Lehman softball coach’s recipe for success:

Have fun, learn how to win, compete for a title

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For the past decade, the Lehman College softball program has been one mired in mediocrity. 

Actually that may be putting it mildly. 

Since the start of the 2008 season, the Lightning have won just 72 games while losing a stunning 208, posting just a 32-83 mark in City University of New York Athletic Conference play through March 31.

So when the Lightning got off to an 0-10 start to begin this season, it seemed another lost season was in the making for Lehman. Especially with the departure of head coach Donald Gannon, a New York Police Department officer who couldn’t spare the time after a promotion at his day job.

Enter Erin Van Nostrand.

Van Nostrand joined the school a year ago as the associate athletic director, but has impressive credentials. She’s a former national softball coach of the year from her days at Pacific Lutheran University in Washington, where she led the Lutes to the 2012 NCAA Division III national championship. 

So after getting Gannon’s resignation, all Lehman athletics director Martin Zwiren had to do was walk down the hall, knock on Van Nostrand’s door, and say, “Help!” 

Accepting the task of turning around the long-struggling softball program is a huge undertaking, but Van Nostrand has known only success wherever she has coached. She logged more than 100 wins in her five seasons at Pacific Lutheran, and prior to that, guided Pine Manor College of Massachusetts to four 20-win seasons, including a school-record 31 victories in 2008. 

So on March 25, when the first two games of Van Nostrand’s Lehman coaching career ended with losses of 16-0 and 13-0 in a doubleheader vs. the College of Staten Island, how did she handle it?

“That day was maybe one of the most fun coaching days that I’ve had in a long time,” Van Nostrand said. “I don’t have to prove myself to anybody in terms of wins and losses and my ability to coach this game. So for me it’s about making sure these girls have a really positive experience and understand the game and learn the life lessons that come along with it.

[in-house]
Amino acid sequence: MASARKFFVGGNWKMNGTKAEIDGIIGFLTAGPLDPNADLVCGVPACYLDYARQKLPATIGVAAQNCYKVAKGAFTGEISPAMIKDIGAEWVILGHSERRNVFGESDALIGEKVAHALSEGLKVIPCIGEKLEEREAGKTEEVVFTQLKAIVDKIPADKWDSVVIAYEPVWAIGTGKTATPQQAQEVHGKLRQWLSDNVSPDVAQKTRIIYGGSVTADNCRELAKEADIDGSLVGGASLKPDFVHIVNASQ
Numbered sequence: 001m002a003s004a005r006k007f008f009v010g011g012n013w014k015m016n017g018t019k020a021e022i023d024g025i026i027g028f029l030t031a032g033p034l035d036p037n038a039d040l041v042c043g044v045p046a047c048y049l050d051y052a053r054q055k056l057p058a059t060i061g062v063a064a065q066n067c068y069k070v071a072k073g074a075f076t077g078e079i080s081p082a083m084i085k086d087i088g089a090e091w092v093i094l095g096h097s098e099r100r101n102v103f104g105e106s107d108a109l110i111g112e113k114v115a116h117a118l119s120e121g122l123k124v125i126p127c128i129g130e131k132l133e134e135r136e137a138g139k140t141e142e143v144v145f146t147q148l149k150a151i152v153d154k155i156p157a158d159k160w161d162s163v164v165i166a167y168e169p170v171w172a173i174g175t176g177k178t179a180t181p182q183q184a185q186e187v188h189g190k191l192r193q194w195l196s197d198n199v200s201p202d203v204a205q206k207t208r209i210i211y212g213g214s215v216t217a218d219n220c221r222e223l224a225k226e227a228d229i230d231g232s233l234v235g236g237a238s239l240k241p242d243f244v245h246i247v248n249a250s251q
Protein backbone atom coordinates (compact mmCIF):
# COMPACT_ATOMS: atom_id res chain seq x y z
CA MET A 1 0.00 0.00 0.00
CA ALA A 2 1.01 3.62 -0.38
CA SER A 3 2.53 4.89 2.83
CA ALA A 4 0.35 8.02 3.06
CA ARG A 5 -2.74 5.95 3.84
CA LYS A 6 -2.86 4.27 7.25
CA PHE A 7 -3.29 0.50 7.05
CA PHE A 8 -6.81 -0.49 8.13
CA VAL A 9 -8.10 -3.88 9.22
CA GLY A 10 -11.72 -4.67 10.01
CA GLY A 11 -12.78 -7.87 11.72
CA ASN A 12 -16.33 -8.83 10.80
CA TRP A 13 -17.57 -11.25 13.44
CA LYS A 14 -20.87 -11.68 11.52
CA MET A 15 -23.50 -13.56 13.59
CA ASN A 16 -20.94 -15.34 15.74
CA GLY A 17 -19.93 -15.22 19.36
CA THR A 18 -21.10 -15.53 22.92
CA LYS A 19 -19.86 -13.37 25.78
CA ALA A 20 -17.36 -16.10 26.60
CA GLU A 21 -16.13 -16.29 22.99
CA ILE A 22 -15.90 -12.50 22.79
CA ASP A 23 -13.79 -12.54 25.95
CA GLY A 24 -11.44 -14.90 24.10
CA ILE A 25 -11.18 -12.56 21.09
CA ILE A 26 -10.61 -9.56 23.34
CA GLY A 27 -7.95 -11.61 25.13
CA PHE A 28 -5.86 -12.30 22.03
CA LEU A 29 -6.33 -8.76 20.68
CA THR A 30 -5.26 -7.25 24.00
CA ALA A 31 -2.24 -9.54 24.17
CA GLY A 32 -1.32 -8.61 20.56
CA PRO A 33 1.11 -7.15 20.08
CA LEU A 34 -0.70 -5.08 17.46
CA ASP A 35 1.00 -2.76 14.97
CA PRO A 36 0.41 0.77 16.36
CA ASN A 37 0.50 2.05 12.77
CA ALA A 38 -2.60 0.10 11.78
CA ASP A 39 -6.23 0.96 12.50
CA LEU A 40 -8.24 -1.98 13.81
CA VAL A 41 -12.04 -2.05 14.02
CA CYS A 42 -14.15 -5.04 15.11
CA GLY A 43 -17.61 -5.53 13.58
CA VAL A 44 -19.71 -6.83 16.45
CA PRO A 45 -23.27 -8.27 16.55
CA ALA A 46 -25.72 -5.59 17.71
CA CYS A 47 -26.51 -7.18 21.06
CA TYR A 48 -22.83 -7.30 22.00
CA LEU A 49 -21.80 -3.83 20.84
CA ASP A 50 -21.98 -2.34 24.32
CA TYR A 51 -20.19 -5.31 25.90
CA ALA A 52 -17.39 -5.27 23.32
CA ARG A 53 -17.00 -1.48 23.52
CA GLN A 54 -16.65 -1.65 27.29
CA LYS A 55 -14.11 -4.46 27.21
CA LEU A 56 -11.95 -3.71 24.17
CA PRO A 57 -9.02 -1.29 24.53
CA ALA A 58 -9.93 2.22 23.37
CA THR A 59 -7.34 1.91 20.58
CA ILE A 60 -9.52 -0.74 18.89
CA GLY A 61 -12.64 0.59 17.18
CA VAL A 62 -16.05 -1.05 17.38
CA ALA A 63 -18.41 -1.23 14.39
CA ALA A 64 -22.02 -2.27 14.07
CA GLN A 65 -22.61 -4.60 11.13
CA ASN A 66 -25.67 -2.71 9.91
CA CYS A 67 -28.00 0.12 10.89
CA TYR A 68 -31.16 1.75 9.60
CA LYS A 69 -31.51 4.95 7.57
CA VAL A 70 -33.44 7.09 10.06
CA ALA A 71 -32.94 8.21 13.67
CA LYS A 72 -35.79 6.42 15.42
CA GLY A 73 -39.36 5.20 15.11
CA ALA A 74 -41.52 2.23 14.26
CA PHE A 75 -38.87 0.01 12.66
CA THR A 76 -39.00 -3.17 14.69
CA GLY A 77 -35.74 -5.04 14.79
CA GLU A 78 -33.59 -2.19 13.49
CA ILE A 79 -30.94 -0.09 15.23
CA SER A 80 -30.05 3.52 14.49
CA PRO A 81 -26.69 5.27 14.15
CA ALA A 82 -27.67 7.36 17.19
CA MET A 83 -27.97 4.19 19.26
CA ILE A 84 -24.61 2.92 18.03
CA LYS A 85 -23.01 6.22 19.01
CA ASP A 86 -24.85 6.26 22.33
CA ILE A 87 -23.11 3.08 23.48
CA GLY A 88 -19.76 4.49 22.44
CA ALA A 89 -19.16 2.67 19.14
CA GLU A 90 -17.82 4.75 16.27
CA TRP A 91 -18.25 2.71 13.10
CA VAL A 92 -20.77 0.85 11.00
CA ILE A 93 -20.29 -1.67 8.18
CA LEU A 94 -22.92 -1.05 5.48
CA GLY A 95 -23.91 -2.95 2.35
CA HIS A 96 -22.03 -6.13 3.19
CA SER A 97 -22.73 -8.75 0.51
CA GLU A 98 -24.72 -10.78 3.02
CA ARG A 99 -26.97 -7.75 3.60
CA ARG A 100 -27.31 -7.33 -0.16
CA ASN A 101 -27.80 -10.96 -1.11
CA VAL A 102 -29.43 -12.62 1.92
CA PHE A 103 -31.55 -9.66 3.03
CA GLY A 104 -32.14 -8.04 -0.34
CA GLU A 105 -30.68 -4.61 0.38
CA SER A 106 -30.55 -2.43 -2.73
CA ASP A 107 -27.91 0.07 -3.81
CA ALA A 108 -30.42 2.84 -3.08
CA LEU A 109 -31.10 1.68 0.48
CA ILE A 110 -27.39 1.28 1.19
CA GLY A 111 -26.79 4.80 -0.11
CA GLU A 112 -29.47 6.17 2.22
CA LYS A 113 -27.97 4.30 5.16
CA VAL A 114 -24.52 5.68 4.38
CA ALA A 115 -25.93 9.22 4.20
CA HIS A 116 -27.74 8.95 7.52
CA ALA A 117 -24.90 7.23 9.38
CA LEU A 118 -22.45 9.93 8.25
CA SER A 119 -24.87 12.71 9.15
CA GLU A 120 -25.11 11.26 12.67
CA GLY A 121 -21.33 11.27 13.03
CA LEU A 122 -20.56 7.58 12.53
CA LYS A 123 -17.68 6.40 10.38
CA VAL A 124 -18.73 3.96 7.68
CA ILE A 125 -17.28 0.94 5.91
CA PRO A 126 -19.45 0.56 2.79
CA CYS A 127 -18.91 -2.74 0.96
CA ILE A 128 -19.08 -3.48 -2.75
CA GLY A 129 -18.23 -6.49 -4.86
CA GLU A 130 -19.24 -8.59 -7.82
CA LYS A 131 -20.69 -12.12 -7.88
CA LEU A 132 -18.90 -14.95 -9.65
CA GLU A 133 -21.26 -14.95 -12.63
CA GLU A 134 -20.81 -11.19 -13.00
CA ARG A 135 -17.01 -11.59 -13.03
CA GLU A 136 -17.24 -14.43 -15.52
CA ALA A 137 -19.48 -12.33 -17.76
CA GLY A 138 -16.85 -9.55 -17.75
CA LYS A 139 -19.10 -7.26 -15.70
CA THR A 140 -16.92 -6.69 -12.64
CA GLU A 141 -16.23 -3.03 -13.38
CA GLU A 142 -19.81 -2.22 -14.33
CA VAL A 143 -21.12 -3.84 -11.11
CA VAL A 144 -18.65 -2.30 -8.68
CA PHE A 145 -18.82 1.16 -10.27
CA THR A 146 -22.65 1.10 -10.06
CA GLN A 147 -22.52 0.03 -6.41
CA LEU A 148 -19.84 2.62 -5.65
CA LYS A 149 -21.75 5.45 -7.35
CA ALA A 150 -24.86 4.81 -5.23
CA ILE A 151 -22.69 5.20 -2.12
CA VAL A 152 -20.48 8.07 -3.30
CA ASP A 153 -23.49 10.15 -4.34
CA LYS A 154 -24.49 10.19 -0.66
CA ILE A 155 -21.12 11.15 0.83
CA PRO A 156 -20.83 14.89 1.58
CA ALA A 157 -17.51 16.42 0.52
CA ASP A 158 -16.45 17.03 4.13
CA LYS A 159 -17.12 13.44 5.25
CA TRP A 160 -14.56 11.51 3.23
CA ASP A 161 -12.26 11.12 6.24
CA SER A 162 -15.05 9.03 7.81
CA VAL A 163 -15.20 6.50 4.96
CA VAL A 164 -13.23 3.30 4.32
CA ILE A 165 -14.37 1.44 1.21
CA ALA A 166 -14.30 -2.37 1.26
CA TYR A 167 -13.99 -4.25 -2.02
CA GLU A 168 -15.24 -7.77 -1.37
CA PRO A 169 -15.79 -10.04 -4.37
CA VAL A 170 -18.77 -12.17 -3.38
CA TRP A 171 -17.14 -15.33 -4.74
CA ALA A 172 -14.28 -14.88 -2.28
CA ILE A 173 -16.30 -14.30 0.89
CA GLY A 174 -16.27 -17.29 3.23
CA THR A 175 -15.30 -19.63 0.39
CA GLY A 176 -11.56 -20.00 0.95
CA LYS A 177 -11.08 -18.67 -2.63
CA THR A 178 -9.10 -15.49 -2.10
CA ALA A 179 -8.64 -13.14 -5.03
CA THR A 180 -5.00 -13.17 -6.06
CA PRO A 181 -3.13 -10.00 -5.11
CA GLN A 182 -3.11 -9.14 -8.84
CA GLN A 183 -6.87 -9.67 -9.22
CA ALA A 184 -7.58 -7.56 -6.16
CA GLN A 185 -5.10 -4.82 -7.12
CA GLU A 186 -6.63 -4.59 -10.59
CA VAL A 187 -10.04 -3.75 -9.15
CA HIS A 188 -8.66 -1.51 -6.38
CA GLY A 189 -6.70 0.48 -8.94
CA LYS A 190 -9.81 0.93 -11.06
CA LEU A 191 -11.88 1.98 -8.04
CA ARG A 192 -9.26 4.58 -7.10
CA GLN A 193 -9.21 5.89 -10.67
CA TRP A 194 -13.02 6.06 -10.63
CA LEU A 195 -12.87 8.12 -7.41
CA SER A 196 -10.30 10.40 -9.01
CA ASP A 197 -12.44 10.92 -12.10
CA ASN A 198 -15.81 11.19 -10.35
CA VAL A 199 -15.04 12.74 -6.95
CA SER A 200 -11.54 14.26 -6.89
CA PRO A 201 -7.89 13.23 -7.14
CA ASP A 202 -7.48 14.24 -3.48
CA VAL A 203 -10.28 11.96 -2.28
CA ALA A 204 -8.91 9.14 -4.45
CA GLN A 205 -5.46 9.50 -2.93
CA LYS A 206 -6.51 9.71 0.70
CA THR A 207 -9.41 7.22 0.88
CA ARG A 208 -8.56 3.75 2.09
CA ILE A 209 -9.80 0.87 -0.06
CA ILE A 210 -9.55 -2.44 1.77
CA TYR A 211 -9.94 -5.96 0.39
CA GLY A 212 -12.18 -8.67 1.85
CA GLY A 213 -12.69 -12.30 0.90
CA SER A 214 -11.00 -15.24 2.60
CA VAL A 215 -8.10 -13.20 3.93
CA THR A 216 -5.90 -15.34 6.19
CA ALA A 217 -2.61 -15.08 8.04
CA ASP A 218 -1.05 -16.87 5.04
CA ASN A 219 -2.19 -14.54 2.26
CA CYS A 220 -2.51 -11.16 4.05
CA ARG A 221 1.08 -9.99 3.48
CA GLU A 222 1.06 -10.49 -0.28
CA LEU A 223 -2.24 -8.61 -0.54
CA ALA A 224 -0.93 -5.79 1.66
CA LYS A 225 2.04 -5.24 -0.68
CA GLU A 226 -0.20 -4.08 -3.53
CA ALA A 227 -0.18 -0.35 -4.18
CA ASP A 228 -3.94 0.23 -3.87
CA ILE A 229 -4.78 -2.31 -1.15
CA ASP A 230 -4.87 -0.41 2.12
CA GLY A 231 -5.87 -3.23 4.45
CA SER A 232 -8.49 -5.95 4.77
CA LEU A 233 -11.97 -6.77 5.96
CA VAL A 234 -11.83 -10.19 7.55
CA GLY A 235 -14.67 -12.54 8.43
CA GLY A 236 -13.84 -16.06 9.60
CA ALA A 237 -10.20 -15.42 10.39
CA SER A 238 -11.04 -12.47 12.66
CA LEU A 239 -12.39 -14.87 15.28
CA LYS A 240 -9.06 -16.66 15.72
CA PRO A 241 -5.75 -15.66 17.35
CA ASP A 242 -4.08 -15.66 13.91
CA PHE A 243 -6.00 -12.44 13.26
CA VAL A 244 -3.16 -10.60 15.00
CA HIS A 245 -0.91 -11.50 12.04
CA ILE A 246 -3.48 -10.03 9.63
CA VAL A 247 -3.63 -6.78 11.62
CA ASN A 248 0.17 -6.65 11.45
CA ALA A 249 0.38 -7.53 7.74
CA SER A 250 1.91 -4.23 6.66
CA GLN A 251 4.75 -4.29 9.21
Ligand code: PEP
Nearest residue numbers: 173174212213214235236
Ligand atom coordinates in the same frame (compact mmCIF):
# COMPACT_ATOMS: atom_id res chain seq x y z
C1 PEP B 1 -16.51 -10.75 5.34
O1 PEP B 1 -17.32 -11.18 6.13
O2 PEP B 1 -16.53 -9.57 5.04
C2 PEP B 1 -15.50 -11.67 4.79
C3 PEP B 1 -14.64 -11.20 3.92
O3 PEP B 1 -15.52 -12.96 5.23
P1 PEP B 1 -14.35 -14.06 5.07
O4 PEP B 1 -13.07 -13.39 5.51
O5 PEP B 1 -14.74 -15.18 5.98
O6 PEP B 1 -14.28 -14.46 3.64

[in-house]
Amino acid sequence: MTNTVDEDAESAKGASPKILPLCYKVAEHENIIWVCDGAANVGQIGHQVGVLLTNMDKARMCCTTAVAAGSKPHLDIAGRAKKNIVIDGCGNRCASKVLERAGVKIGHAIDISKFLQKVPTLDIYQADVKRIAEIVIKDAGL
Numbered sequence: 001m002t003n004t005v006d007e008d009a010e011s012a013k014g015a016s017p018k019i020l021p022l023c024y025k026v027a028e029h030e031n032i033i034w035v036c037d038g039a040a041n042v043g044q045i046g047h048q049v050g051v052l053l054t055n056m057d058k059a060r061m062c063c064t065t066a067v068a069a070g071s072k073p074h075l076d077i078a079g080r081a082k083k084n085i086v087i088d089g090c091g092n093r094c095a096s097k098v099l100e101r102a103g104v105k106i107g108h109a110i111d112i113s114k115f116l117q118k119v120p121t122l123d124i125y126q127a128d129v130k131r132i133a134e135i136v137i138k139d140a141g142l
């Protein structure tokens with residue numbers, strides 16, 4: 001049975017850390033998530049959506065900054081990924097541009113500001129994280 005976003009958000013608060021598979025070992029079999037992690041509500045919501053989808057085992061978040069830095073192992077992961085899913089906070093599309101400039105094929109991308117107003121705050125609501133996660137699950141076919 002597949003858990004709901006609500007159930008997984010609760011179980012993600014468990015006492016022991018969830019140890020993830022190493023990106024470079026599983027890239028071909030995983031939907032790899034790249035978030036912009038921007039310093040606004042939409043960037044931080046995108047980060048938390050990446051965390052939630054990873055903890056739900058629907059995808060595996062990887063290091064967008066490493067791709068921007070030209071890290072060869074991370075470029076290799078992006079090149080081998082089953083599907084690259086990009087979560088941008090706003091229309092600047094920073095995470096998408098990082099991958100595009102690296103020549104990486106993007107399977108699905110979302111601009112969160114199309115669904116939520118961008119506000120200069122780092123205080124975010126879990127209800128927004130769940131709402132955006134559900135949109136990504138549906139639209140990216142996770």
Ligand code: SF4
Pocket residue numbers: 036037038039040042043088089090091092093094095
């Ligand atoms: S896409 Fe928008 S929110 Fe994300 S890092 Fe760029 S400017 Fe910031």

“So standing over at third base and watching them cheering and having such a good time — and at that point in time it was 10-0, we were getting buried — but they were still having a real good time and I was like, ‘This is what it’s about.’”

Van Nostrand credits assistant coaches Melissa Torres and Moises Rivera with helping make the transition back to coaching a smooth one and feels, despite Lehman’s record and history, the Lightning are not far away from turning things around.  

“Really, we’re not far off,” Van Nostrand said. “We did a lot of good things, but we’re inexperienced. So there’s a lot of technical stuff that we’re trying to explain to them. But they are awesome, and they’re having fun, and if you can make it fun then they’re more willing to learn.”

The learning paid off pretty quickly as Lehman defeated CUNYAC-rival John Jay, 6-3, on March 30 for its first victory of the season in Van Nostrand’s third game as head coach. 

Can she turn Lehman into a program that can eventually compete for CUNYAC titles?

“Well, that’s the goal,” she said. “But we have to take baby steps. So we’ll see.”

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